WHAT DOES THE BIBLICAL WORD
“ABBA” REALLY MEAN?
By R. Herbert
Many readers of the Bible have heard and accepted that the Aramaic word Abba, as used by Jesus in addressing God, means something like the English word “Daddy.” Many presume that this is an established fact of biblical scholarship, but this is not the case. For the short answer to what Abba really means, you can skip down to the last two paragraphs; for the full explanation, read on ...
The idea that Abba meant “Daddy” or “Dad” was actually first put forward by the German theologian Joachim Jeremias (1900-1979), who suggested that the Aramaic word likely originated from children’s “babble” and that it was used as a diminutive form of “father” by children. The connection between “Abba” and “Daddy” was then popularized by others in countless sermons and religious articles to the point that it is now widely accepted by much of Christianity.
But let’s take a closer look. First, we should realize that in Semitic languages the normal word for father is some form of Ab(x). For example, in ancient Akkadian the word father was Abu, and today father is Ab or Abba in most Semitic languages. In modern Hebrew Abba has become commonly used to mean “Daddy,” so the supposed meaning of Abba as “Daddy” in the Bible seems to be reinforced by this.
But Jeremias’ suggestion that Abba meant “Daddy” in New Testament times was not accepted by most biblical scholars who responded to the idea, and especially by those who were actually experts in Aramaic. The idea was strongly critiqued by Georg Schelbert in an 1981 essay and then later in a book entitled ABBA Vater in 2011. Schelbert stated flatly that Jeremias' interpretation was in “error” and “unwarranted.” Numerous other biblical scholars have also rejected the idea as speculative and without grounds, including Professor Geza Vermes and noted scholar James Barr, who wrote an article actually titled “Abba Isn’t Daddy” (Journal of Theological Studies 39, no. 1 : 28-47) in which he showed that the connection between the biblical era use of Abba and “Daddy” had no evidence to support it.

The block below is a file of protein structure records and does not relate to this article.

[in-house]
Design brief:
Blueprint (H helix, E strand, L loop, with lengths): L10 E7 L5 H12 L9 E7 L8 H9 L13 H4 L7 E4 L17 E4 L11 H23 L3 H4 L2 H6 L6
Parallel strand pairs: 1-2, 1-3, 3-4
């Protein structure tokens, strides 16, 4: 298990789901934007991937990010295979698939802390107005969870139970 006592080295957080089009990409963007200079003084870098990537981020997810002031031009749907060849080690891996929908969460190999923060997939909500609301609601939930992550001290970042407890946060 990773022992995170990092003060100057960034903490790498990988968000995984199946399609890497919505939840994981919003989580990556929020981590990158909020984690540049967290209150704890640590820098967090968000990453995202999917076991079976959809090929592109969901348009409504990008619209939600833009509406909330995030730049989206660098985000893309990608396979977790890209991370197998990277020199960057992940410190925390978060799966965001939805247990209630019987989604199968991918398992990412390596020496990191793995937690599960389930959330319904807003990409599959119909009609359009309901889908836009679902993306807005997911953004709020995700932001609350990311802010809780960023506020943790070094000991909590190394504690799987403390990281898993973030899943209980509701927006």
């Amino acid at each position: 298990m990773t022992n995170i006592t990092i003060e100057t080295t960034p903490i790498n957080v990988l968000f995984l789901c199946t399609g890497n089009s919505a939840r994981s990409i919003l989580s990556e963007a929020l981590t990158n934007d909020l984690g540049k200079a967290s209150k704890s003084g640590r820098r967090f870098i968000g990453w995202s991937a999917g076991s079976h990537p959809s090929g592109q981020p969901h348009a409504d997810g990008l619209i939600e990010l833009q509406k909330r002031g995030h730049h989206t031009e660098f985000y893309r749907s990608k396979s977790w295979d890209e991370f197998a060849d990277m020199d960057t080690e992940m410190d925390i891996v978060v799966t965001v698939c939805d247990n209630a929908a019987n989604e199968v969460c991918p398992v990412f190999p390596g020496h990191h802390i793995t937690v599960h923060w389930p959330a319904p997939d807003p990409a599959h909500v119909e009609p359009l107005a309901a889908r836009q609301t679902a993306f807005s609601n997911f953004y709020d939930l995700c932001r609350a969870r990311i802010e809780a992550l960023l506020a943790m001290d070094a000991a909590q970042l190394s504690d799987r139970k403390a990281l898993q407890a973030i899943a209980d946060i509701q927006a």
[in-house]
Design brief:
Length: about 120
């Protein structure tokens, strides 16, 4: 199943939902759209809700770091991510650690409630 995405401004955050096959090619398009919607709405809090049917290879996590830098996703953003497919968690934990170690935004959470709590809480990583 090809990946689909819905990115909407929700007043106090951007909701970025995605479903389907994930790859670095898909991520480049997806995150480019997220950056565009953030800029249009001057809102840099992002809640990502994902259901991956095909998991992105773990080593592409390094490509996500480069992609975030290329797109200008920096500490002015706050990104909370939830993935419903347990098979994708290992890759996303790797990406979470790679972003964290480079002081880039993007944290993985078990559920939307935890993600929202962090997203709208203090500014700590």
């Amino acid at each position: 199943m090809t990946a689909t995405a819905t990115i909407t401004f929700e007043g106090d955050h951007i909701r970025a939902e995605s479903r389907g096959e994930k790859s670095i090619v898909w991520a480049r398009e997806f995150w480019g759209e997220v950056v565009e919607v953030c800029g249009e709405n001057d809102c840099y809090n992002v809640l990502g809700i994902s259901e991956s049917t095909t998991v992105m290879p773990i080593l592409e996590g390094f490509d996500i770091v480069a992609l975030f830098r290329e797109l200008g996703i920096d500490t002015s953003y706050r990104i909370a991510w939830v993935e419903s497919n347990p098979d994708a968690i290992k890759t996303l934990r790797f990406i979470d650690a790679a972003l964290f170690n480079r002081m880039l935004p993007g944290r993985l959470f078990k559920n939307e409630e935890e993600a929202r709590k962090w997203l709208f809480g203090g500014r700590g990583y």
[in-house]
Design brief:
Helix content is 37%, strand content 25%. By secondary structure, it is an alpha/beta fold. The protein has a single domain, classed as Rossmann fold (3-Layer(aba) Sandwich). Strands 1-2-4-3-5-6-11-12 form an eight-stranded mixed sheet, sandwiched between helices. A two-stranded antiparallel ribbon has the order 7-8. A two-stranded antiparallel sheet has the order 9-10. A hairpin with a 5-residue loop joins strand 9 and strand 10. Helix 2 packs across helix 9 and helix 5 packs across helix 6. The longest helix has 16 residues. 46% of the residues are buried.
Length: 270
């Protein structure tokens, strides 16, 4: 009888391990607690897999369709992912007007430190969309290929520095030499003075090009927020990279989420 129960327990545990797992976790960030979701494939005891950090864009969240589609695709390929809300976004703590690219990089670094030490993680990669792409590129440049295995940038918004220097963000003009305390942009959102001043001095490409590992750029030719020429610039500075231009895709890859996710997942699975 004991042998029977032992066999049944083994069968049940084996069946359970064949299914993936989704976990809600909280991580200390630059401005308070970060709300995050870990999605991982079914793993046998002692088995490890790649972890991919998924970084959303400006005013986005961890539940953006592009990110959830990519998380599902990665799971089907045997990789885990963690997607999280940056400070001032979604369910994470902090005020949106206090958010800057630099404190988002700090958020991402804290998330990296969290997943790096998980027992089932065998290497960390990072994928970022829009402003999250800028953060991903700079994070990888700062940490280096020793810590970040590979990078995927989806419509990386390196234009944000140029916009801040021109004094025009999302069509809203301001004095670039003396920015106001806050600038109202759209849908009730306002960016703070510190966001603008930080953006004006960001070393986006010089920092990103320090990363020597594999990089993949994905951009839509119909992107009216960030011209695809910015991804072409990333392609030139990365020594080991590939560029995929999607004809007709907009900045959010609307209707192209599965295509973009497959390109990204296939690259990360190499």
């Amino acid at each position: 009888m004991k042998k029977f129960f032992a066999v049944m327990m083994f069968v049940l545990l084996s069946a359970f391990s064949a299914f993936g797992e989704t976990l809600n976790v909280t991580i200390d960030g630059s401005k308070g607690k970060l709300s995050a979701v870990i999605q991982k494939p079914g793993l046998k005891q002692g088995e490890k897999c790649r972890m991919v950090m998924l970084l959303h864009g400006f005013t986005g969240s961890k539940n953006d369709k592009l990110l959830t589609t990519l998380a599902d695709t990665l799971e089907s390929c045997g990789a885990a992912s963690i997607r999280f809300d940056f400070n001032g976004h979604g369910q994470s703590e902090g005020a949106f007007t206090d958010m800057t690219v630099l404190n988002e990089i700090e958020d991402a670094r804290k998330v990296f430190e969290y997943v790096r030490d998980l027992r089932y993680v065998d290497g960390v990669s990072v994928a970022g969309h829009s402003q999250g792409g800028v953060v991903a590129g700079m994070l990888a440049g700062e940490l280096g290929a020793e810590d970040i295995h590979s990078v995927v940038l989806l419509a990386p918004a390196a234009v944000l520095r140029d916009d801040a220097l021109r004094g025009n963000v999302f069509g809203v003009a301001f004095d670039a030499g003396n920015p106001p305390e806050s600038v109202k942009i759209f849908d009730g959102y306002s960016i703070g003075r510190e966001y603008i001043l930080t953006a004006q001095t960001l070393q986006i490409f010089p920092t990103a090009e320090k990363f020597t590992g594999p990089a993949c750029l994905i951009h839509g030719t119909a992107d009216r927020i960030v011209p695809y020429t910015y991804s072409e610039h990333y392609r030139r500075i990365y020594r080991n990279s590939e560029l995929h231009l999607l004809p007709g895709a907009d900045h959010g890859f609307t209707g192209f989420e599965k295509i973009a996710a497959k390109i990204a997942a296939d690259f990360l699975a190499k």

Even back in the 1970s, after Aramaic specialists and other scholars first rejected the idea, Jeremias backpedalled considerably on his original position, but it was already too late to get the suggested connection “back in the box,” as the supposed meaning had begun to spread worldwide among Christians.
If we think about it, the Bible itself shows us that Abba does not mean Daddy. The word Abba only occurs three times in the New Testament: once in the story of Christ’s prayer in the Garden of Gethsemane (Mark 14:36) and twice in the writings of Paul (Romans 8:15 and Galatians 4:6). In all three cases the Aramaic word Abba is followed by the Greek definite article and the word for father (patros) in order to translate it for those who did not know Aramaic.
Greek has specific words that could have been used for “Daddy” if that had been the intended translation – words such as “papas,” which is a true diminutive, mainly used by children rather than adults, and does mean “Daddy.” But the New Testament writers did not translate Abba with a Greek diminutive – they translated it with patros, the standard word for father – and we can only believe that the inspired writers knew what they were saying. Furthermore, there were actually diminutives of Abba in Aramaic – such as “baba,” “babbi,” “abbi,” etc., that could have been used if Christ and Paul had wanted to stress the idea of “Daddy.”
So, if there is no proof that Abba means “Daddy” in the New Testament, and several indications it does not, what does the word mean? The biblical texts themselves clearly show us that the word meant “father,” but what was the particular nuance of the word in biblical usage? There are a number of clues.
First, Schelbert, Barr, and others scholars have successfully shown that the term Abba was used by adults as well as young children, and there is no indication of it meaning “Daddy” in the Middle Aramaic sources. Second, Paul’s use of the word Abba in Galatians 3:22, 4:7 suggests that the word actually “asserts not childlike relation to God, but the privileged status of the adult son … and heir” (Mary Rose D'Angelo, “Abba and ‘Father’: Imperial Theology and the Jesus Traditions”, Journal of Biblical Literature, Vol. 111, No. 4 , pp. 615-616).